Oscar the Osprey by J. Sal Icaza (2020 Natural Resource Photo Contest entry) Credit: J. Sal Icaza

Whether you like to boat, fish, swim or just enjoy Maryland’s amazing seafood, we know there are many folks out there who have bay waters running through their veins and like to keep their finger on the pulse of bay conditions.

Aerial photo of the Chesapeake Bay in February 2021

Every few weeks, the experts with the Maryland Department of Natural Resources comb through Maryland’s extensive network of monitoring data to find the key information to help you better understand conditions in the Chesapeake Bay. You don’t even need a boat!

*Monitoring update – Due to COVID-19, crews are adhering to social distancing and safety protocols to provide resource managers, scientists, and the public with timely water quality results that drive Chesapeake Bay restoration.

Climb aboard the Eyes on the Bay, toss off the dock lines, and let’s go for virtual cruise on Maryland’s waters!

Your friends at DNR’s Eyes on the Bay monitoring program and Fishing and Boating Services

Chilly Winter Water Temperatures Were Average – Bay water temperatures for February were average, and held in the upper 30s. Typically, bay water temperatures in February are the coldest of the year. While surface waters continued to cool through the winter, bottom waters were slightly warmer than surface waters. This pattern of slightly warmer waters at the bottom continued throughout the winter, providing overwintering refuge for many bay fish.

Data source: Maryland Department of Natural Resources Eyes on the Bay. Funding for monitoring: US Environmental Protection Agency Chesapeake Bay Program and state sources.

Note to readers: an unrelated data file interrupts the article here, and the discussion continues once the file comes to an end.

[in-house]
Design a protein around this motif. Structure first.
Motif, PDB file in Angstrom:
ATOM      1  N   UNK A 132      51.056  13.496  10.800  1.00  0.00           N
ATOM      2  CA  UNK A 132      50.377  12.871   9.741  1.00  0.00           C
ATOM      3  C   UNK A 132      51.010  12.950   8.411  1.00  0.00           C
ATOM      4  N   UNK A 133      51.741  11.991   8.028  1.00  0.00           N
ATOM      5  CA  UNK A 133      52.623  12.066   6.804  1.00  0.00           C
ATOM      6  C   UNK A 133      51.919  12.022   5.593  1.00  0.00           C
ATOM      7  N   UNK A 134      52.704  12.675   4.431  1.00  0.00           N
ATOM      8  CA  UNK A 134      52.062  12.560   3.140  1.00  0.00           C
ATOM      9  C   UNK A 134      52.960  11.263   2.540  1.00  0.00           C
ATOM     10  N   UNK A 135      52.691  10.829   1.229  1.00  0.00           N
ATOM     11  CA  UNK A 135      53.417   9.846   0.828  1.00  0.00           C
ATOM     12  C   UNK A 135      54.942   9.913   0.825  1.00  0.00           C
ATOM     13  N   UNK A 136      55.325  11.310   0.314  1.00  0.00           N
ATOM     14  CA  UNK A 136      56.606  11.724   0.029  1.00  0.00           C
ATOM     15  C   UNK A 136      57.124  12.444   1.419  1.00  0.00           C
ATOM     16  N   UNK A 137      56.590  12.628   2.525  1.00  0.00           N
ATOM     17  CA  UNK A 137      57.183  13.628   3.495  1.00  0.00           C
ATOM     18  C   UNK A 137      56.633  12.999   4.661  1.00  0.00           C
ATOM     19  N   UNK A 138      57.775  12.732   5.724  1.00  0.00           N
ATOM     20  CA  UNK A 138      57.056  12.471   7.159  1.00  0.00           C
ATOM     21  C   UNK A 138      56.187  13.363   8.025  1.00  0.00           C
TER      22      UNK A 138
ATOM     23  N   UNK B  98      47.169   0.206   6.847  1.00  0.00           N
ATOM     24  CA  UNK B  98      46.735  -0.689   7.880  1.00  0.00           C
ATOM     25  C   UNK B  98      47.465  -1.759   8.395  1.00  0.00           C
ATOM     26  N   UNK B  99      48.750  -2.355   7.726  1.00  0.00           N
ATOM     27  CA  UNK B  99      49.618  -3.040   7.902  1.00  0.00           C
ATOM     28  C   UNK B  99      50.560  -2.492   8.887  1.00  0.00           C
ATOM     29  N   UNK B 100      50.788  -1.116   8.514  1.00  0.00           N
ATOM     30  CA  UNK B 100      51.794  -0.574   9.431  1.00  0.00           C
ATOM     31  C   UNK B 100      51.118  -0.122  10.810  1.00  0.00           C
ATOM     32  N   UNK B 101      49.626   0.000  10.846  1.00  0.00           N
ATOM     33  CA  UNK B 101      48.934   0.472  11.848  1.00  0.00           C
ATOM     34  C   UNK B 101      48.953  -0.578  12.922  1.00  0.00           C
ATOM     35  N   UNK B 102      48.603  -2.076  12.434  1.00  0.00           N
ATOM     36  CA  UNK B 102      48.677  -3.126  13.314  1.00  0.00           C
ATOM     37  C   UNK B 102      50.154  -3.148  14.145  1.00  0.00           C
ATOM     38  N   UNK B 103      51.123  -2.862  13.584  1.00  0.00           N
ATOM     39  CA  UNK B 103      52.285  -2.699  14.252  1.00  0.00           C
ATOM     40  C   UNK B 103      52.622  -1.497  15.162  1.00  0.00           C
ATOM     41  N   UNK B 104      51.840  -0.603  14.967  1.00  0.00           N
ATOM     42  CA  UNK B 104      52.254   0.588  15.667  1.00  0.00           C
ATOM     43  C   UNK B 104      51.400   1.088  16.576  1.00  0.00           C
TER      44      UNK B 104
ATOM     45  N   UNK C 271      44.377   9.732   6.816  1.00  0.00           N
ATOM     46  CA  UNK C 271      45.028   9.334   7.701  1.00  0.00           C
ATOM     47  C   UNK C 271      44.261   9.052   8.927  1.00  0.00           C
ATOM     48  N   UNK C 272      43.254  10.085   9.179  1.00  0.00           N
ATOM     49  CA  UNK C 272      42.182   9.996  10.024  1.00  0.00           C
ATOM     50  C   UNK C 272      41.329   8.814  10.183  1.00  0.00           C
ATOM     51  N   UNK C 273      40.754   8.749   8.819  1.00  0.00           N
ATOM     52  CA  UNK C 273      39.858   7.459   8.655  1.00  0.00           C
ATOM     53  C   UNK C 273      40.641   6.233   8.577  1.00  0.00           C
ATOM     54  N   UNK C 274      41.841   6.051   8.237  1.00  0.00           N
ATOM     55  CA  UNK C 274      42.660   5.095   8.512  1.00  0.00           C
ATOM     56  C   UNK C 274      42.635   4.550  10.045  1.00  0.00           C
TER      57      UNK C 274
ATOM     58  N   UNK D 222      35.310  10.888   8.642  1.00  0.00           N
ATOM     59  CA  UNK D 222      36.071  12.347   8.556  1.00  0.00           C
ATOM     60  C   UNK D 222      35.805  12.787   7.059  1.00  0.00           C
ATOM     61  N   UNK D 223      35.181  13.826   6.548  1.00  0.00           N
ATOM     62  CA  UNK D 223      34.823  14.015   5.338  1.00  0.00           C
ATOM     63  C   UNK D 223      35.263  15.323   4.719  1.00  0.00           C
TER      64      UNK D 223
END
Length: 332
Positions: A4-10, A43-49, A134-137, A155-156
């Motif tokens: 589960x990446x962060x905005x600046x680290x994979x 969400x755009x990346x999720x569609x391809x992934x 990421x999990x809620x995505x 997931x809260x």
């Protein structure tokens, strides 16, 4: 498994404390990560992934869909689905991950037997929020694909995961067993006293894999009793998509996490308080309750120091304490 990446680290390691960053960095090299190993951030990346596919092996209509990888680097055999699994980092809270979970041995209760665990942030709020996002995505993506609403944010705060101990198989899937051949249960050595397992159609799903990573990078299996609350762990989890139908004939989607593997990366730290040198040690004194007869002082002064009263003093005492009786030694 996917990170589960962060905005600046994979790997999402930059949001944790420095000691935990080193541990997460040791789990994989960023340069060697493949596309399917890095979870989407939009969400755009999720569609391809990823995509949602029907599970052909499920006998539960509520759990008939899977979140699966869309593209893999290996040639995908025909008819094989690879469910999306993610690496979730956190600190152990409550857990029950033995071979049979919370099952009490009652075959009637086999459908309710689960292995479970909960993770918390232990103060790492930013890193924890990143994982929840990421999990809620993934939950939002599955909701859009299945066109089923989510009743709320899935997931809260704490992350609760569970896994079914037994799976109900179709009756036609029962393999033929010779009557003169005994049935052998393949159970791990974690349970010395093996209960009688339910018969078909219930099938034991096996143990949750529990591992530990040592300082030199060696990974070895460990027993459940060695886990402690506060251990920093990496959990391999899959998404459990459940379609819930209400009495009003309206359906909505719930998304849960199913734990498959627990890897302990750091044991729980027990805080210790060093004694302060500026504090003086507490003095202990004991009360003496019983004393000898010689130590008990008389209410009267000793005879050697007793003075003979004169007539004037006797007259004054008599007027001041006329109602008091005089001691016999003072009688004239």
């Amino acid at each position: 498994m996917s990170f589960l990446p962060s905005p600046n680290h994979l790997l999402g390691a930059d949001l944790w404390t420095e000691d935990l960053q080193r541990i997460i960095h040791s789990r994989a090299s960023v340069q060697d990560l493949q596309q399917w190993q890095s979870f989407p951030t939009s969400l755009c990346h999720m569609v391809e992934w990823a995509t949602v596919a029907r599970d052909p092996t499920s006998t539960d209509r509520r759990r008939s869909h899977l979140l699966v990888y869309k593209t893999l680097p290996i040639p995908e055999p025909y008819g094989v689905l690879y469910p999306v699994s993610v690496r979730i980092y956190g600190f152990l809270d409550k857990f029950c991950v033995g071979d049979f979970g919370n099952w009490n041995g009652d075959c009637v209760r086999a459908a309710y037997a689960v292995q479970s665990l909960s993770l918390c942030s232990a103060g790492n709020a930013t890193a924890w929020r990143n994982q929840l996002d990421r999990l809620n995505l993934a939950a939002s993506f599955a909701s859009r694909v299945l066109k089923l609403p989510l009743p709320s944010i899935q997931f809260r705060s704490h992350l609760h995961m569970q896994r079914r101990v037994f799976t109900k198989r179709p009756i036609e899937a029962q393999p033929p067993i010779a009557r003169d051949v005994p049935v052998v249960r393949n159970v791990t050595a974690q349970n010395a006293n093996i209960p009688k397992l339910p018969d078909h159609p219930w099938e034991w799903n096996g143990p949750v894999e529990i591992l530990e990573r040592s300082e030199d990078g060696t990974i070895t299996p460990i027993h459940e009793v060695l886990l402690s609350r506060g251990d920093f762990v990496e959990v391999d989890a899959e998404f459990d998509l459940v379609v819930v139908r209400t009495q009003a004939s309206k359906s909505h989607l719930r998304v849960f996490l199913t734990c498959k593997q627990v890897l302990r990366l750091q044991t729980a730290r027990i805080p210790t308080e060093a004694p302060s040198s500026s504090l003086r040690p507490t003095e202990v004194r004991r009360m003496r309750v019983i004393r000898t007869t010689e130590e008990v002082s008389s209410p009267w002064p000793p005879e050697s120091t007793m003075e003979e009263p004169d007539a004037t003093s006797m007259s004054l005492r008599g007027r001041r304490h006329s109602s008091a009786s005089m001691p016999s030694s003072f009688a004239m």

Bay Salinities Are Variable throughout Bay – Due to variable rainfall amounts throughout the watershed, surface salinities in February 2021 were above average when compared to historical February surface salinities above the Bay Bridge, and in the upper Patuxent and Potomac rivers. Surface salinities in the lower Eastern Shore were below average from higher than normal rainfall amounts.

Source: USGS Freshwater Flow into the Chesapeake Bay
Data source: Maryland Department of Natural Resources Eyes on the Bay. Funding for monitoring: US Environmental Protection Agency Chesapeake Bay Program and state sources.

Plentiful Oxygen throughout the Bay – Since the waters were mixed from surface to bottom or “turned over” in mid-October, there has been ample oxygen from surface to bottom for the bay’s organisms through the winter. To see recent oxygen levels by depth, check the “Do not fish below this depth map.” For oxygen forecasts, see VIMS Depth to 3 mg/l map.

Data source: Maryland Department of Natural Resources Eyes on the Bay. Funding for monitoring: US Environmental Protection Agency Chesapeake Bay Program and state sources.

For more detailed and up-to-date Chesapeake Bay conditions in your area, please continue to check out Eyes on the Bay, your one-stop shop for information on Maryland’s bay waters. Drop us a line with comments or suggestions.

Neighborhood Watch

Photo of blue crab